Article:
UK regulator compels F2P devs to ease up on pressuring kids to pay
British studios 55 Pixels and Mind Candy are amending their (respective) free-to-play games Bin Weevils and Moshi Monsters (pictured) after the UK's Advertising Standards Authority ruled that both games violated its guidelines because they "directly pressured children to make purchases."
This is chiefly notable as a reminder that free-to-play game makers who release their products in the UK should expect to comply with the region's non-broadcast advertising code, which is enforced via ASA oversight of advertisements in various forms of media that now includes games.
Also, as video game law expert (and occasional Gamasutra blogger) Jas Purewal points out, this ruling is interesting because complaints against these games were referred by another UK agency to the ASA -- an advertising regulator -- rather than a consumper protection agency like the Office of Fair Trading, which ordered the online game industry to "get its house in order" last year amid concerns that developers were unfairly pressuring child players to make in-game purchases.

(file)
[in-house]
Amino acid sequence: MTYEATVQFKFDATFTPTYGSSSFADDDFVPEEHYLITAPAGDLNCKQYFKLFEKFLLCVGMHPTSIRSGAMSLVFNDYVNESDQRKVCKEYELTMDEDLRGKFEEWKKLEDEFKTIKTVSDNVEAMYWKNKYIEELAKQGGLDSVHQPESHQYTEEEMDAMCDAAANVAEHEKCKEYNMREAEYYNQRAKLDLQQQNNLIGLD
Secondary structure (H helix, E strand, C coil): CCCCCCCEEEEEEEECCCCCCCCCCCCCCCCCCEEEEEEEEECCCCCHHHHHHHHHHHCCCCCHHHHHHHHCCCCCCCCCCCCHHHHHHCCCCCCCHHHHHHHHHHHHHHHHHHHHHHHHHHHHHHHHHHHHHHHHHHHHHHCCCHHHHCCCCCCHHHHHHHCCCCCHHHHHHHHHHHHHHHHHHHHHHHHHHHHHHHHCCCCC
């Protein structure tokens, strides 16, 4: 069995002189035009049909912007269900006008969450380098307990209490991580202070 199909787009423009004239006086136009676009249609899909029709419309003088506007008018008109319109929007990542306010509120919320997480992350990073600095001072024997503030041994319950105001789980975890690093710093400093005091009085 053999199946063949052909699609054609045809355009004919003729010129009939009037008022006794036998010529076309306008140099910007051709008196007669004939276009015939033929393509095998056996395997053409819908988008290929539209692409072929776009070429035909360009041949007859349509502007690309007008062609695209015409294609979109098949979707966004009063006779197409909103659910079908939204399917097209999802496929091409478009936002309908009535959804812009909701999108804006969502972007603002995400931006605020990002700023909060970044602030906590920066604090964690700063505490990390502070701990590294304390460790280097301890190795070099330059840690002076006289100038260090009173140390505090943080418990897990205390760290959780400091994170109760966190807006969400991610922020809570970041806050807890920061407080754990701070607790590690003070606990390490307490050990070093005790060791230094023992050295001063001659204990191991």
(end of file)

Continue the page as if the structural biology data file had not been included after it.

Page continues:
For its part, the ASA says Bin Weevils and Moshi Monsters contained "language and prominent calls to action that put pressure on young players to purchase a subscription," which it perceives to be advertising.
Going forward, the regulator plans to continue "working with the online games sector to remind them of the care it needs to take when providing in-game purchase mechanisms, particularly if their products are likely to appeal to children," and monitoring online games in the UK to ensure they cleave to the ASA's expectations.